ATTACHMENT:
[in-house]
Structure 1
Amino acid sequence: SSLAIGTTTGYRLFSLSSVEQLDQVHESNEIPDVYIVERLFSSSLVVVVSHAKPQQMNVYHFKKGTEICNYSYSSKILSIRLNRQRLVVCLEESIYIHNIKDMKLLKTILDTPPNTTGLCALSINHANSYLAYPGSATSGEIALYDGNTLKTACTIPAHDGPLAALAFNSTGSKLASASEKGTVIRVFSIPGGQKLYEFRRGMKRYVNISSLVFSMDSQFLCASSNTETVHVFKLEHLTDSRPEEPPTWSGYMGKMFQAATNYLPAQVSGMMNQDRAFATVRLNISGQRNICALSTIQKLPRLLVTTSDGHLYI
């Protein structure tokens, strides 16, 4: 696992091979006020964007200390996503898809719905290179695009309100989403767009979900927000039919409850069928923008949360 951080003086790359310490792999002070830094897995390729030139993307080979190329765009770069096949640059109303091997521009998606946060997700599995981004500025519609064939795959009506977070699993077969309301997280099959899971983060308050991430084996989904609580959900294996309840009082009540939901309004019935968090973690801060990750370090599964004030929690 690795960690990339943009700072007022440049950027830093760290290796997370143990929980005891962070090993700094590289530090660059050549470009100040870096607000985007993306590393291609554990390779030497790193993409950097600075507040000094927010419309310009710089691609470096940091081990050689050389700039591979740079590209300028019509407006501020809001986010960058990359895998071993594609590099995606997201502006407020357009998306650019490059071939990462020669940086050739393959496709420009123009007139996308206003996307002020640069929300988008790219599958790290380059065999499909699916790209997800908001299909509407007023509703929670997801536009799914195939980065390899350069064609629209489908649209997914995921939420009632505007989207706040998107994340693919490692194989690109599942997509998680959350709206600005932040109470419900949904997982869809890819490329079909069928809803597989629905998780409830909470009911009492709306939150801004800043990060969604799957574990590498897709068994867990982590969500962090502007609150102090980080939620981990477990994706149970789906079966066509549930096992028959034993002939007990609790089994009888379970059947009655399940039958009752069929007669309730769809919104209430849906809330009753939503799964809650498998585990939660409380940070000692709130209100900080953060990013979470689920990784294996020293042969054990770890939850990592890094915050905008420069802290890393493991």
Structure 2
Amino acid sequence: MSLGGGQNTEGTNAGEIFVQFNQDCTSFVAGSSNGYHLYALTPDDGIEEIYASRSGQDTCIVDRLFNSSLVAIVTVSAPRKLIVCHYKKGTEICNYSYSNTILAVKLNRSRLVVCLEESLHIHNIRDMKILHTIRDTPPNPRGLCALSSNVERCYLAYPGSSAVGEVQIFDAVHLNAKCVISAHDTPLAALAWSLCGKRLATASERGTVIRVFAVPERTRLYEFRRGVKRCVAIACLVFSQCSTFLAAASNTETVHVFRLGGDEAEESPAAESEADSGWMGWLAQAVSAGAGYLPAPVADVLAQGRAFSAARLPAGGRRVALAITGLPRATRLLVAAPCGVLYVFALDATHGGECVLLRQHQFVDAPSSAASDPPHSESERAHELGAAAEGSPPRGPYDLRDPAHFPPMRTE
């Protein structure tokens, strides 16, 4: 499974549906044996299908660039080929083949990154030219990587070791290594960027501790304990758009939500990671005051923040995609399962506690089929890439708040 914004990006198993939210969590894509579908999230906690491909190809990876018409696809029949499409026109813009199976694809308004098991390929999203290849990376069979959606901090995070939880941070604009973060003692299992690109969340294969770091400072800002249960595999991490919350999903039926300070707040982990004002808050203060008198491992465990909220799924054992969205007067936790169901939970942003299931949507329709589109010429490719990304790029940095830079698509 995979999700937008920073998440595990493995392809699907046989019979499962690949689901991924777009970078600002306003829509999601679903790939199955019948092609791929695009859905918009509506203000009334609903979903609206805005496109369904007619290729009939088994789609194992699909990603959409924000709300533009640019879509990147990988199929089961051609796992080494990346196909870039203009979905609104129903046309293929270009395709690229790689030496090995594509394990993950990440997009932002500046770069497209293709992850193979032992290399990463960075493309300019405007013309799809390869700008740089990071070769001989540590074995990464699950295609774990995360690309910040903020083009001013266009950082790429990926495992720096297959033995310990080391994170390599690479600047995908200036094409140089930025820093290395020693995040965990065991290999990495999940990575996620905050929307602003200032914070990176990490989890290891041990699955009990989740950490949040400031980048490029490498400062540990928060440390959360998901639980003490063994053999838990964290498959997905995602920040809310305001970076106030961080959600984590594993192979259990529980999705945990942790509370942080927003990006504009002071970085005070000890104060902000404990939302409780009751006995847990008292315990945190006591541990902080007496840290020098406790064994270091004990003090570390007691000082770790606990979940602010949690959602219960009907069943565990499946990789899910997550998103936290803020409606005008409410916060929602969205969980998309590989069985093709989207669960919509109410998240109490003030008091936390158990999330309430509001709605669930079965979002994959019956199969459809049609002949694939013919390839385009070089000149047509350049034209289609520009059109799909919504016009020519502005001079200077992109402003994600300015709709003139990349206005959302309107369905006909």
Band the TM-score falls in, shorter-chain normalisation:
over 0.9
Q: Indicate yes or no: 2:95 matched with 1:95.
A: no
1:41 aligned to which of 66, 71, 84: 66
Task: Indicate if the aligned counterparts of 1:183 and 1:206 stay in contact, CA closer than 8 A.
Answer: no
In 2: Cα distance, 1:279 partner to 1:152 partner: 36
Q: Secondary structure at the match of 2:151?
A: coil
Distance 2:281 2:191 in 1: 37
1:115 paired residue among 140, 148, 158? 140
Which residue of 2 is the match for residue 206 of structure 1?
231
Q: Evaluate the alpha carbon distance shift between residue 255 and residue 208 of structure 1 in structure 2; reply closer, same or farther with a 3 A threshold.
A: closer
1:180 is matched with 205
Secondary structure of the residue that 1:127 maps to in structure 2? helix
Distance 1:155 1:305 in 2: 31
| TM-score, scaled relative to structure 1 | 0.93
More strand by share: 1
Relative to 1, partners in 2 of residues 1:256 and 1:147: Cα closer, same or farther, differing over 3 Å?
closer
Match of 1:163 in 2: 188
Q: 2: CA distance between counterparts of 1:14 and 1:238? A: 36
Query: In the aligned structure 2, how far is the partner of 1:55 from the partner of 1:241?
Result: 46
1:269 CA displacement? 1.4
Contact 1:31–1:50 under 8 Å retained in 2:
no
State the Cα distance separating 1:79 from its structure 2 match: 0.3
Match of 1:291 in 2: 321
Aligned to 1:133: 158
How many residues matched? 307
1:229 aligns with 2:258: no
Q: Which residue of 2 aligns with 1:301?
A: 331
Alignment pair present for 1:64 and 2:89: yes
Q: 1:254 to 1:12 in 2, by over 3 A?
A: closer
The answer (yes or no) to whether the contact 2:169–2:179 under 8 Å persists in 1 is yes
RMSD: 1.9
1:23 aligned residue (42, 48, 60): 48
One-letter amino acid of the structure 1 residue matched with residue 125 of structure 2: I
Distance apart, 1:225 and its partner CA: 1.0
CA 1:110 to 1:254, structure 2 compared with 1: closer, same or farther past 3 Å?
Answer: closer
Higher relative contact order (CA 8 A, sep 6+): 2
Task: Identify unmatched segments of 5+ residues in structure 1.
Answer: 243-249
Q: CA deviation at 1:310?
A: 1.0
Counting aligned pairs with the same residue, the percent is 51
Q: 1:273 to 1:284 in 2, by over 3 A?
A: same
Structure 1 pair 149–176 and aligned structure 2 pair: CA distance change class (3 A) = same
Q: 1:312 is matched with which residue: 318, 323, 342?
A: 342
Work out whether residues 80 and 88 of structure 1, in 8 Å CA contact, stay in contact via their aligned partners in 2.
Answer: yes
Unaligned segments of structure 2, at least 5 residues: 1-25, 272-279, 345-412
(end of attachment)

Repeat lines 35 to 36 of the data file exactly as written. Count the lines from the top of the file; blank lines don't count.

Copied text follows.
1:269 CA displacement? 1.4
Contact 1:31–1:50 under 8 Å retained in 2: